• L.S. Lowry, 'Hillside in Wales' 1962

    L.S. Lowry
    Hillside in Wales 1962
    Oil on canvas
    support: 762 x 1016 mm
    Presented by the Trustees of the Chantrey Bequest 1963 The estate of L.S. Lowry

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This room assembles for the first time all five of the panoramic views of the city that Lowry painted between 1950 and 1955, together with the three impressive views of Welsh mining towns that soon followed. These panoramas are his largest paintings, and bid a grand farewell to the subject – and the world – he had made his own. Lowry understood that British industry was grinding to a halt. ‘When the industrial scene passed out in reality,’ he said, ‘it passed out in my mind.’ But in 1951 the Festival of Britain invited him to depict a subject of his choice. Only its size was specified: five feet by almost four feet. ‘When I started in on the plain canvas I hadn’t the slightest idea as to what sort of industrial scene would result,’ he said later. ‘But by making a start, by putting say a church or chimney near the middle, [the] picture seemed to come bit by bit.’Four more paintings followed. All are imaginary landscapes, though filled with familiar motifs. The vast built fabric remains ‘forbidding’, but the new scale seems to have steered Lowry back into Impressionist territory – or his own dour version of it. In the effort to conjure the chill, particle-filled atmosphere of these ailing post-war cities on canvas, he allowed himself a last flourish of pictorial effects. In Wales, the drama reached even darker, more chaotic heights.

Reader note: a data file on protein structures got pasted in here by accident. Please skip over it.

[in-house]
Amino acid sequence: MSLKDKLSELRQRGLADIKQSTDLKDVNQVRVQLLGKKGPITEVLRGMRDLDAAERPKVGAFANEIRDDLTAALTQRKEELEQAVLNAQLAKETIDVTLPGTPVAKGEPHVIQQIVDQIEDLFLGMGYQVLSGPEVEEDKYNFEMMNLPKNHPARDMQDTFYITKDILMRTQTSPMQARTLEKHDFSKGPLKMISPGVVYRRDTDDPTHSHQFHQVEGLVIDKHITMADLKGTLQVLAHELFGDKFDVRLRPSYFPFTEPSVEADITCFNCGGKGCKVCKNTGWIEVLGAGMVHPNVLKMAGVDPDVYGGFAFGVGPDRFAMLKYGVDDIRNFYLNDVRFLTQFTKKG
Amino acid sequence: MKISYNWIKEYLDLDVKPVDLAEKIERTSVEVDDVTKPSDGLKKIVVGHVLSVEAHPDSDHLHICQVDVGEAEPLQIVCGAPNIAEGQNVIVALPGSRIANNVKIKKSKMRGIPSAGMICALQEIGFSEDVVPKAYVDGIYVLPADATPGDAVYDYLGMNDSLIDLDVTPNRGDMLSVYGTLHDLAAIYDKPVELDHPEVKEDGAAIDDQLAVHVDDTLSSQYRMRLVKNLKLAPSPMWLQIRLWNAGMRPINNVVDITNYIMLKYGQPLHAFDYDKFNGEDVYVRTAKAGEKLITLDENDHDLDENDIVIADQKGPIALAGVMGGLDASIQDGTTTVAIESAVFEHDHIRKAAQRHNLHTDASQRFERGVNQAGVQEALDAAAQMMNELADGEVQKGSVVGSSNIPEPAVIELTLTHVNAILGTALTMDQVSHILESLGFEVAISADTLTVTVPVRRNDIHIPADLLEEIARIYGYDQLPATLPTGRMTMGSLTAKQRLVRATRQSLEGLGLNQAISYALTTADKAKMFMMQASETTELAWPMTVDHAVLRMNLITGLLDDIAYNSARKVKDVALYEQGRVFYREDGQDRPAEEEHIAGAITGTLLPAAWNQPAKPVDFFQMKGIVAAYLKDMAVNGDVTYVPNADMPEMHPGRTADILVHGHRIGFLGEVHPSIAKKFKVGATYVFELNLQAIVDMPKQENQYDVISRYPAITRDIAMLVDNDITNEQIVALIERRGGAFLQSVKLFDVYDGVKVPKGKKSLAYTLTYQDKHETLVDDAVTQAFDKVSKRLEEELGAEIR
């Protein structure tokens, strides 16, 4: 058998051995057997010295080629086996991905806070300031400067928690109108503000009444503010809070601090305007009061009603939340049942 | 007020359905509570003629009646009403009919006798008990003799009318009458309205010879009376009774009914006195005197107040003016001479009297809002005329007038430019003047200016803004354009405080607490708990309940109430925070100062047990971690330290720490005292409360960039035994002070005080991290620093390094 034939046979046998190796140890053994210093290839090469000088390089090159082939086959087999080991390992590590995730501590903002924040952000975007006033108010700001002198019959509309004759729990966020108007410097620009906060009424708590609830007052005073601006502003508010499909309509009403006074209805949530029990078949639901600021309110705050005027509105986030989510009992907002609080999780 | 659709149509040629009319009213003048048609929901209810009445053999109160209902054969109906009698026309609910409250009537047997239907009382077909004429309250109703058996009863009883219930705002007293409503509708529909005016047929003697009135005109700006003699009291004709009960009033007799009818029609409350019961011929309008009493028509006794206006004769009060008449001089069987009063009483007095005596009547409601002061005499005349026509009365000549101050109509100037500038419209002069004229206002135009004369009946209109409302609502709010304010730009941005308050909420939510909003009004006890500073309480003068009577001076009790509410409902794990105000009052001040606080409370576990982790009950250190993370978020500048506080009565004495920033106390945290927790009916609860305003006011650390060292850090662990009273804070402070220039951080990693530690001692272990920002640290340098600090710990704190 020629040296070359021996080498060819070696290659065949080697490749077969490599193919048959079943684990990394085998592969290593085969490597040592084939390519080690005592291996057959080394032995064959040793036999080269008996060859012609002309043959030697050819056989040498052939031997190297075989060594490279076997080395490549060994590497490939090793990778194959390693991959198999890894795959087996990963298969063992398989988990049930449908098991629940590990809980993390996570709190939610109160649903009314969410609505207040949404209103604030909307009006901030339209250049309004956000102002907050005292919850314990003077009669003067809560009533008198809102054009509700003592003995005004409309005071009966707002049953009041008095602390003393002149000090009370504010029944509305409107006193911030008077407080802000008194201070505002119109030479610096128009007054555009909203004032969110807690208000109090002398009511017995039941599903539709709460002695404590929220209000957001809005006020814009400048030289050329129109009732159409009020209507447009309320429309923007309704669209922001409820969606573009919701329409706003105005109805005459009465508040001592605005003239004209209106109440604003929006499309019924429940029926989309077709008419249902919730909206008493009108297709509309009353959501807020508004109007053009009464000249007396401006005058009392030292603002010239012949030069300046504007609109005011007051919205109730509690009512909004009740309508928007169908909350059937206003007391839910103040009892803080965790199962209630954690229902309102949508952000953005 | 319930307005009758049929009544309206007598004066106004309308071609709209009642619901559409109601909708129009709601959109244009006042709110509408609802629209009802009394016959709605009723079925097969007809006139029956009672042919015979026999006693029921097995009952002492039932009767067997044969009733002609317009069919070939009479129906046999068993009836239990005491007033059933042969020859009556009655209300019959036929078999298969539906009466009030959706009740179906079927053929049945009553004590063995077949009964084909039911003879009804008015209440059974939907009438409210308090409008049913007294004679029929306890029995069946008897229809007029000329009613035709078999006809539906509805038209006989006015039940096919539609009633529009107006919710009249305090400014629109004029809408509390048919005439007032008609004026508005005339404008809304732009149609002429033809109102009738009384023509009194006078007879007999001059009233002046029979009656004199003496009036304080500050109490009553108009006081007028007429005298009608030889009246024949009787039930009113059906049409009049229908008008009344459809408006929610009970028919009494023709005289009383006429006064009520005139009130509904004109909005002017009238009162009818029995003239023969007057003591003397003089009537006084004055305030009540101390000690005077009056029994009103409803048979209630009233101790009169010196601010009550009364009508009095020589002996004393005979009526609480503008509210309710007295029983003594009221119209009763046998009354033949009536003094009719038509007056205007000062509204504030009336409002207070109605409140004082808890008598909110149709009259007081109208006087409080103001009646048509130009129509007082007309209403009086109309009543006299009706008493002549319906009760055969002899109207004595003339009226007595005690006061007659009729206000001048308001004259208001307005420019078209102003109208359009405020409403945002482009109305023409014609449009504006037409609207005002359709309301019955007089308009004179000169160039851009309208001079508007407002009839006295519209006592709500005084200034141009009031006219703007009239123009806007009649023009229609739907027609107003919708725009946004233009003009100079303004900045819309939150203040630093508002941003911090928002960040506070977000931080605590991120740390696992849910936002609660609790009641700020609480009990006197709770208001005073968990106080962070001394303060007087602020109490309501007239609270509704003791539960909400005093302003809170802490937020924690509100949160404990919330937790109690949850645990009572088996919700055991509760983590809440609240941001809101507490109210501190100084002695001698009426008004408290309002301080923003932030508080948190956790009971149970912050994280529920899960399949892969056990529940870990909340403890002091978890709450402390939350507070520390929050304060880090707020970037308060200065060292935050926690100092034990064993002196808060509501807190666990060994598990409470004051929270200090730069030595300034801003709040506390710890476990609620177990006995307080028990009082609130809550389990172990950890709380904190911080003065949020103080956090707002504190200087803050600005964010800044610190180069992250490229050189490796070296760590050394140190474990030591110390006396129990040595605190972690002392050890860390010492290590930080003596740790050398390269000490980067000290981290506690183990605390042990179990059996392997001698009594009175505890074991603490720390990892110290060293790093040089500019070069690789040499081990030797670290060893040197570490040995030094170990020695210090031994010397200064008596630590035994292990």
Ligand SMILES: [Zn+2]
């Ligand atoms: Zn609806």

L.S. Lowry (1887–1976) devoted his life to painting the England of the Industrial Revolution. ‘I saw the industrial scene,’ he said, ‘and I was affected by it. I wanted to get a certain effect on the canvas. I couldn’t describe it, but I knew it when I’d got it.’ For forty years he painted the urban landscape of Salford and Manchester, and the everyday life of its working class. The range of his art is therefore narrow. Men come and go constantly through factory gates. But under the veil of cloth-cap uniformity, the life of the streets in Lowry’s  painting is intense and resilient, always in search of the new. A crowd gathers instantly at a street fight or a strike meeting or around a woman’s body dragged from the canal. Lowry was an enemy of ‘sentiment’ in art. He made his living as a rent collector, which meant he had daily access to the detail of poverty and respectability in the slums. But his art never claimed false comradeship with the world it took as its subject. He was an outsider. The streets were gloomy to him, but magnificent. ‘I was inspired by their beauty,’ he said. This exhibition shows his long struggle to give that beauty form.